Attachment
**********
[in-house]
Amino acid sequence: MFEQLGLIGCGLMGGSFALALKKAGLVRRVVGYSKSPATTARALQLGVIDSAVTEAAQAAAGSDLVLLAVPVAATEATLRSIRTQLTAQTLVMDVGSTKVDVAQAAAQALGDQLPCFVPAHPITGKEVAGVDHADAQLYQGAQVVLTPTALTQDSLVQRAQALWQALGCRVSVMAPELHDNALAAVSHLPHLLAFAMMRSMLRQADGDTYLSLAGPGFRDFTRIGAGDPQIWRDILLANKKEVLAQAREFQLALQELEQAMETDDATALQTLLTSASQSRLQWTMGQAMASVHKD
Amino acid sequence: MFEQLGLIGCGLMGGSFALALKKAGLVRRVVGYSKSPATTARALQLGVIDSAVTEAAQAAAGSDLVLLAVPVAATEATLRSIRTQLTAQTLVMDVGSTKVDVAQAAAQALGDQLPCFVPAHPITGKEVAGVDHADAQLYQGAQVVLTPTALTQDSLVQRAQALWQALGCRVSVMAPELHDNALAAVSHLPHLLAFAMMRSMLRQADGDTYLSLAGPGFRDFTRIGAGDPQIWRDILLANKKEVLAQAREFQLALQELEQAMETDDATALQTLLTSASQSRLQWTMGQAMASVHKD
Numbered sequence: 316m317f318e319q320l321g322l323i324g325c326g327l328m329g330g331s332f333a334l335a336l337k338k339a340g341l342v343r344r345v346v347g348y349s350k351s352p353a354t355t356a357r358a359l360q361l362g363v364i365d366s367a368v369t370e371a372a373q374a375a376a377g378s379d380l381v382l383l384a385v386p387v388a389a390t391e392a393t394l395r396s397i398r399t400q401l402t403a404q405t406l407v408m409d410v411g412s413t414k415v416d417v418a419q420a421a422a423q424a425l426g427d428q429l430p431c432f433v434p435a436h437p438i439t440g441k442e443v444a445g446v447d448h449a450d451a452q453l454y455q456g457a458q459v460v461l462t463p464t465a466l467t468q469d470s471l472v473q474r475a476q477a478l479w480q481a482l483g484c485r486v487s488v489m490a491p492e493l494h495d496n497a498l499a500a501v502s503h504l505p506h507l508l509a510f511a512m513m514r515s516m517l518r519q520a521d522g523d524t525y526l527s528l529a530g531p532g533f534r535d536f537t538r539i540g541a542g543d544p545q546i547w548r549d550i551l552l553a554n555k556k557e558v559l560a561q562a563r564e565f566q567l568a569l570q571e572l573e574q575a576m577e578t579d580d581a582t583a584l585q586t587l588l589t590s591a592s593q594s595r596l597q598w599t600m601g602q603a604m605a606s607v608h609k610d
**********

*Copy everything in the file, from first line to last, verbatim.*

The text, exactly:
[in-house]
Amino acid sequence: MFEQLGLIGCGLMGGSFALALKKAGLVRRVVGYSKSPATTARALQLGVIDSAVTEAAQAAAGSDLVLLAVPVAATEATLRSIRTQLTAQTLVMDVGSTKVDVAQAAAQALGDQLPCFVPAHPITGKEVAGVDHADAQLYQGAQVVLTPTALTQDSLVQRAQALWQALGCRVSVMAPELHDNALAAVSHLPHLLAFAMMRSMLRQADGDTYLSLAGPGFRDFTRIGAGDPQIWRDILLANKKEVLAQAREFQLALQELEQAMETDDATALQTLLTSASQSRLQWTMGQAMASVHKD
Amino acid sequence: MFEQLGLIGCGLMGGSFALALKKAGLVRRVVGYSKSPATTARALQLGVIDSAVTEAAQAAAGSDLVLLAVPVAATEATLRSIRTQLTAQTLVMDVGSTKVDVAQAAAQALGDQLPCFVPAHPITGKEVAGVDHADAQLYQGAQVVLTPTALTQDSLVQRAQALWQALGCRVSVMAPELHDNALAAVSHLPHLLAFAMMRSMLRQADGDTYLSLAGPGFRDFTRIGAGDPQIWRDILLANKKEVLAQAREFQLALQELEQAMETDDATALQTLLTSASQSRLQWTMGQAMASVHKD
Numbered sequence: 316m317f318e319q320l321g322l323i324g325c326g327l328m329g330g331s332f333a334l335a336l337k338k339a340g341l342v343r344r345v346v347g348y349s350k351s352p353a354t355t356a357r358a359l360q361l362g363v364i365d366s367a368v369t370e371a372a373q374a375a376a377g378s379d380l381v382l383l384a385v386p387v388a389a390t391e392a393t394l395r396s397i398r399t400q401l402t403a404q405t406l407v408m409d410v411g412s413t414k415v416d417v418a419q420a421a422a423q424a425l426g427d428q429l430p431c432f433v434p435a436h437p438i439t440g441k442e443v444a445g446v447d448h449a450d451a452q453l454y455q456g457a458q459v460v461l462t463p464t465a466l467t468q469d470s471l472v473q474r475a476q477a478l479w480q481a482l483g484c485r486v487s488v489m490a491p492e493l494h495d496n497a498l499a500a501v502s503h504l505p506h507l508l509a510f511a512m513m514r515s516m517l518r519q520a521d522g523d524t525y526l527s528l529a530g531p532g533f534r535d536f537t538r539i540g541a542g543d544p545q546i547w548r549d550i551l552l553a554n555k556k557e558v559l560a561q562a563r564e565f566q567l568a569l570q571e572l573e574q575a576m577e578t579d580d581a582t583a584l585q586t587l588l589t590s591a592s593q594s595r596l597q598w599t600m601g602q603a604m605a606s607v608h609k610d